Franklin is so dispirited after hearing Parker perform that he dumps his saxophone in a river. But by the time Parker emerges from the hospital, he’s drowning his life. Moving back in time, Parker’s self-destructive binges are contrasted with his bandmate and friend Dizzy Gillespie (Samuel E. Wright), a trumpeter nowhere near as idolized as Bird, but happily married and never out of work. Parker finds a sidekick in Red Rodney (Michael Zelnicker), a white trumpeter who Parker takes out on the road. Parker’s erratic behavior puts him on the outs with club owners and record labels, until his arrest for heroin possession results in his cabaret license being revoked. He’s swimming in heroin and booze in L.A. when news reaches Parker of his daughter’s death. 34 years young going on 65, Bird never fully recovers.

Bird 1988 Forest Whitaker

Bird 1988 Forest Whitaker

Bird 1988 Forest Whitaker Diane Venora

Bird 1988

Bird 1988 Anna Levine Forest Whitaker

Bird 1988 Diane Venora Forest Whitaker

Bird 1988

Bird 1988 Michael Zelniker Forest Whitaker

Bird 1988 Diane Venora

Bird 1988 Forest Whitaker

Rotten Tomatoes “Tomatometer” average among 18 users: 72% for Bird

Metacritic “Metascore” average among leading critics: 78 for Bird

What do you say?

Tags: Concert · Crooked officer · Dreams and visions · Drunk scene · Midlife crisis · Music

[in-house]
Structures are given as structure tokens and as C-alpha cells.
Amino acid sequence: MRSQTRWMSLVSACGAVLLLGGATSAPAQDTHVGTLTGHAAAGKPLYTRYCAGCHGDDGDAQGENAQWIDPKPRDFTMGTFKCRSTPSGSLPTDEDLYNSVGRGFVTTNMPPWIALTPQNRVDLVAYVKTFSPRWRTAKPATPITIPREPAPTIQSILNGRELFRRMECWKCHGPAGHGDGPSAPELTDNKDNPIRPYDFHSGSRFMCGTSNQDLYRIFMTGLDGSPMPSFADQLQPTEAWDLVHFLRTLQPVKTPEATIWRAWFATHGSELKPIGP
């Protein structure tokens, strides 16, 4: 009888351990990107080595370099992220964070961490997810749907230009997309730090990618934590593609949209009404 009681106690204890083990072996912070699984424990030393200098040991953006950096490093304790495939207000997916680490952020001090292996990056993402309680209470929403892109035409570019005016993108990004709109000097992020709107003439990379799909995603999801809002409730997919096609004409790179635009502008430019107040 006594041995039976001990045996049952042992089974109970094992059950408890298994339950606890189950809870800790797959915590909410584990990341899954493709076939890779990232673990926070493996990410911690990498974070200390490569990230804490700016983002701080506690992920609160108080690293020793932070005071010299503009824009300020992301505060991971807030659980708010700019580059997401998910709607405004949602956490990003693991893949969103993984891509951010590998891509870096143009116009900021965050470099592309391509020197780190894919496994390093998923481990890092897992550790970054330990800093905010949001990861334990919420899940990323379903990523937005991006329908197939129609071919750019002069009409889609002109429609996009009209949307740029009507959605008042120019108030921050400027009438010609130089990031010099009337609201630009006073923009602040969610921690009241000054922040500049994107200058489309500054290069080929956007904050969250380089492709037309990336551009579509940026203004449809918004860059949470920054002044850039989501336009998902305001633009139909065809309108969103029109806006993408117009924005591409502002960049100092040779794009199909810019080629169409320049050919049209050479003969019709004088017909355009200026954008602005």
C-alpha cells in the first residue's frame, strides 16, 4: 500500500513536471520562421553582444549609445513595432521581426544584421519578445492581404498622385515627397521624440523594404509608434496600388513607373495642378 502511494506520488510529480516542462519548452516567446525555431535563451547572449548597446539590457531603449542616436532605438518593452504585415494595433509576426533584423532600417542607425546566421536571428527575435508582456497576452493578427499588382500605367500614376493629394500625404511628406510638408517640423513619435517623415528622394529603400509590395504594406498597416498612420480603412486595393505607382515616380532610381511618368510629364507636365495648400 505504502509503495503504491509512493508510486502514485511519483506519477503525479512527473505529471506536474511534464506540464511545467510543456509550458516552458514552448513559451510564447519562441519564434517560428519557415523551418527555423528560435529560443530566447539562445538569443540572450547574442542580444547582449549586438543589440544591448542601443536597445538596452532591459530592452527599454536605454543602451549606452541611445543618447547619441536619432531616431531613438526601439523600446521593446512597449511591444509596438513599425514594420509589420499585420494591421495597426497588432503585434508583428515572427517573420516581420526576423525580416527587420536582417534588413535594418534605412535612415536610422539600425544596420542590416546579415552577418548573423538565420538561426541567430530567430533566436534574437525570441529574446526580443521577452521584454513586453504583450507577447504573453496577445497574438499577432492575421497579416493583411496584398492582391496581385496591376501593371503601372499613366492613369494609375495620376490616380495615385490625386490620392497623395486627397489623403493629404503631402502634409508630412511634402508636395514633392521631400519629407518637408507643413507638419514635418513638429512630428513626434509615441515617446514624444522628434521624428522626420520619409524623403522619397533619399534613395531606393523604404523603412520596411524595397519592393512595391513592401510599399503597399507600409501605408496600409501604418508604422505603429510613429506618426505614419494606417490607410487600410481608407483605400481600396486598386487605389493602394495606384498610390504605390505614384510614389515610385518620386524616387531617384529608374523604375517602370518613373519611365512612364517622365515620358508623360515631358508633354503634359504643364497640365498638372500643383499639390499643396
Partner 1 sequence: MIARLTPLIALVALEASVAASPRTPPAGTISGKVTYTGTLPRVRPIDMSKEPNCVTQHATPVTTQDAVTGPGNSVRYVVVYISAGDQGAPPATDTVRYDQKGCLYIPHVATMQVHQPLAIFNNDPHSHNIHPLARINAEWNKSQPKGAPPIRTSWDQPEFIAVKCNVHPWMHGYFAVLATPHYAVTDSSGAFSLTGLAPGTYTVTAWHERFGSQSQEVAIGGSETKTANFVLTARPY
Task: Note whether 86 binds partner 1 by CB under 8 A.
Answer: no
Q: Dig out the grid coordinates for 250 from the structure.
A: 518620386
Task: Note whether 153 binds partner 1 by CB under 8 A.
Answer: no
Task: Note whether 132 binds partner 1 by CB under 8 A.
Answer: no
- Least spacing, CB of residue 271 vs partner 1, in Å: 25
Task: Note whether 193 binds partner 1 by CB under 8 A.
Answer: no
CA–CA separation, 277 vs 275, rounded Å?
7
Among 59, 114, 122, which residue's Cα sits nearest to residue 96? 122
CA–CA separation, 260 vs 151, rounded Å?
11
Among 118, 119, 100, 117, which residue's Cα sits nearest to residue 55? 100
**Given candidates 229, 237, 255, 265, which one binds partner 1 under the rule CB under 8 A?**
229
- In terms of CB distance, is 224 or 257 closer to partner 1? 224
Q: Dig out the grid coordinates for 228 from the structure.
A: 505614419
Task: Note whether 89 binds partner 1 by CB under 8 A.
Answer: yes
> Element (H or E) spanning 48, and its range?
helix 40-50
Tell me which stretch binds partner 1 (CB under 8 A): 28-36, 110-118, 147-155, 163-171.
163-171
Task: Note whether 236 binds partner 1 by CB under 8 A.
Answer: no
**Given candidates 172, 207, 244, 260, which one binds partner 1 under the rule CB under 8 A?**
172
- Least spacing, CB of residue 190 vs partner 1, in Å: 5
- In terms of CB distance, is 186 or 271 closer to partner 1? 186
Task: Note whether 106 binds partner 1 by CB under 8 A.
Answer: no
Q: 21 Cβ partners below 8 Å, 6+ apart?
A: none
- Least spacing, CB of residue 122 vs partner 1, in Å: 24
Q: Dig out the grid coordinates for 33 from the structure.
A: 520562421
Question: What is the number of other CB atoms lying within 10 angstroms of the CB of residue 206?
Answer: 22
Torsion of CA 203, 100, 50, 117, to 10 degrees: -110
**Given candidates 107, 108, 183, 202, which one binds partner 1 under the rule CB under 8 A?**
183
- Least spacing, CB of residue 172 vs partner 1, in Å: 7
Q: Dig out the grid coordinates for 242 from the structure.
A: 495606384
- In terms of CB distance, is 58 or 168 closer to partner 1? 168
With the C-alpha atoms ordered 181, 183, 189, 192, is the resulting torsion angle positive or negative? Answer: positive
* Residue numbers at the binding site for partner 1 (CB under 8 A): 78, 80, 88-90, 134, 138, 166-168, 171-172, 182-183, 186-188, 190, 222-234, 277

2 responses so far ↓

  • 1 Yojimbo_5 // May 18, 2010 at 10:36 am

    I think you’re being too harsh with this one. Charlie Parker’s life was lived and his art created in the smokey low-light of the jazz club. He lived the life of every musician—in the night, when the gigs were. Dark and murky? Yeah! That’s when he was doing the stuff he’ll be remembered for.

    Showing how Parker changed the world? How? With variations of Bird’s work by other artists? With a title crawl that says he did? It doesn’t work with music. Never has. It can’t be cinematically expressed—unless you wanna show a little kid doing a “Bird” riff (and how lame is that?),

    The point of the story is: “Bird” was a revered figure in jazz, but nobody would hire him—he couldn’t even play at the club named for him. He was an outsider, shunned by the monied interests, who expected his quick-silver ability to improvise, but on a regular schedule. His fans expected him to be consistent—for them—but he wasn’t. He saw himself as both success and failure simultaneously, and it would be nice to have his side of the story—but he’s dead. What we’ve got…ALL we’ve got…are those recordings. And the Jazz-station donors? I think they’d be disappointed that the movie didn’t go into MORE detail—especially about the studio recordings that are Parker’s legacy—but watching artists make sausage in the studio is usually underwhelming (and always includes a shot of bouncing VU meters).

    It might seem better a couple years down the road. Might…

  • 2 Joe Valdez // May 18, 2010 at 12:02 pm

    Jim: I don’t know anything about Charlie Parker — which is red flag #1 considering I just watched a 2 1/2 hour movie about him — but not every musician’s life makes for a watchable film. Maybe you’re right and there was really no other way to make a movie about his contributions than to just play his music in underlit nightclubs. I think that a documentary would have been a much better idea. Thanks for commenting!